In theory, I was going to publish one data story a month this year. In reality, it's March (the school year started in September) and I'm only on my third one. I am way behind on my goal. But I am learning to make my peace with that sad state of affairs. This project is going to run into the next school year...and I'm okay with that.
So let's talk about number three. It's a magic number, is it not?
This month(ish), we're looking at our various student information systems. Each collection of squares represents one system. On the left is Skyward, our district system...and data flows various directions from there to other systems, including TIDE on the right that we use for state assessments.
Two of the systems that I chose to represent (SWIS and Google Apps) are connected to our system with a broken line, because there is not a direct data connection. Instead, a system of imports and exports is used.
I also built some charts to show a bit about how families are accessing Skyward. Generally speaking, they log in about twice a month, during the work week, and in the morning.
I don't have any specific data on how many users are represented by our state data warehouse (CEDARS) or GoogleApps. I can only tell you how many data points we transfer in a given week (~250K to CEDARS) or documents we share online (over 600K in Google).
Bottom line: There's a lot of data flowing around.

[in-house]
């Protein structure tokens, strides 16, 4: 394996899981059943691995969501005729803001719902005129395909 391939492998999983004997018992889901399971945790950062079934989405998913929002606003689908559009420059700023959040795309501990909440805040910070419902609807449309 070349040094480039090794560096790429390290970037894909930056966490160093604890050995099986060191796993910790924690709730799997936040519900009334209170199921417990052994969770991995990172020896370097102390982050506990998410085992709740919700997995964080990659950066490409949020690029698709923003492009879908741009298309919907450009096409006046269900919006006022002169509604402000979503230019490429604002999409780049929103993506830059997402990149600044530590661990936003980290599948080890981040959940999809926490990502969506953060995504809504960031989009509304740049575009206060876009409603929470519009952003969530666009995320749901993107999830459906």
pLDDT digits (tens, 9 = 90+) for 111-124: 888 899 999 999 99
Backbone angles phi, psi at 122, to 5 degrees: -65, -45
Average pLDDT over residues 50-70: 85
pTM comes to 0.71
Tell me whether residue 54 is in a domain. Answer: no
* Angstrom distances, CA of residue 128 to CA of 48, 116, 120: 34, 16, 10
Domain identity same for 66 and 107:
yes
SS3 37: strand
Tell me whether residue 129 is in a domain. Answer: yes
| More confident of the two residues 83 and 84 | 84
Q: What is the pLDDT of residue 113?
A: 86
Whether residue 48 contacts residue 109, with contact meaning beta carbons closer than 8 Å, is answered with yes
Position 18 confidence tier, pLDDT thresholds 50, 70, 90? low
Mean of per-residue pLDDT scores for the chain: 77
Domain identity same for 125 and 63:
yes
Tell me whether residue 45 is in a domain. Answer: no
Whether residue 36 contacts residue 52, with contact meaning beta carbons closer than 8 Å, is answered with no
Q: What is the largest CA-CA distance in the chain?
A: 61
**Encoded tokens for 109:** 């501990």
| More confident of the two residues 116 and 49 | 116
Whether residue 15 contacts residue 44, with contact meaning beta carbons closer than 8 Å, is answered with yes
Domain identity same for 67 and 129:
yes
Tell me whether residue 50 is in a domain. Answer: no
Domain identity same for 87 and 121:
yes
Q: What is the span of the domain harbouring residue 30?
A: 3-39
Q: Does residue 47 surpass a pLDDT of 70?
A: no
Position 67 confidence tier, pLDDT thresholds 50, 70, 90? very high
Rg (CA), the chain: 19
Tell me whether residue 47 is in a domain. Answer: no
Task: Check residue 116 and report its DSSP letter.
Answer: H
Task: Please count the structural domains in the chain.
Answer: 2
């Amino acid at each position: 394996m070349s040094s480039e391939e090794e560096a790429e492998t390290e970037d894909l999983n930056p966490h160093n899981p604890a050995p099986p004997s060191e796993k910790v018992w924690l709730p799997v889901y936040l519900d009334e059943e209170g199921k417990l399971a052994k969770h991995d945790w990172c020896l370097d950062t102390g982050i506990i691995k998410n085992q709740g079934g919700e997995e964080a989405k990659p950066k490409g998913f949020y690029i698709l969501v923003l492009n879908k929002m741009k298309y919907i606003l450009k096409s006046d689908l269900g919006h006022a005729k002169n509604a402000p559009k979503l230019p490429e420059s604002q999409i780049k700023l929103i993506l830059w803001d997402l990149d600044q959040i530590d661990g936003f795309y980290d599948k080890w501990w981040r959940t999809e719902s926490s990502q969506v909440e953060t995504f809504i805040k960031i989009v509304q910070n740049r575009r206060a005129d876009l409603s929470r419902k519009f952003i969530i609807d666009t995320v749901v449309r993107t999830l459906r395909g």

Questions to Ponder
I selected the topic of information systems because they really are invisible...yet their impact is very real. Me? I'm represented by those nearly invisible red pins in the center of almost every square. I can see all these data, but there are a lot of people who can't due to their permissions or system access. This data story project this year is about sharing data beyond the usual suspects like attendance or achievement. Information systems are a good place to shine some light.
In the end, this is really a story about power and privacy. You'd think that the biggest group in these systems (students) would have the greatest power to use these data, but the fact is simply that they have none at all. Some systems look large, like TIDE, and yet a student or teacher might log in only once or twice a year. Others, like Homeroom, look insignificant and yet they are our most powerful tools for reviewing student information. Looks are deceiving.
While the offline bulletin board is intended to be a conversational piece, as well as a way to reach audiences that might not have an Internet connection, I always put together an online component, too. This time around, I share a video about the historical origins of personal privacy and provide a way for you to look at how the clicks you and others contribute to our web site add up.
Peekaboo...I see you.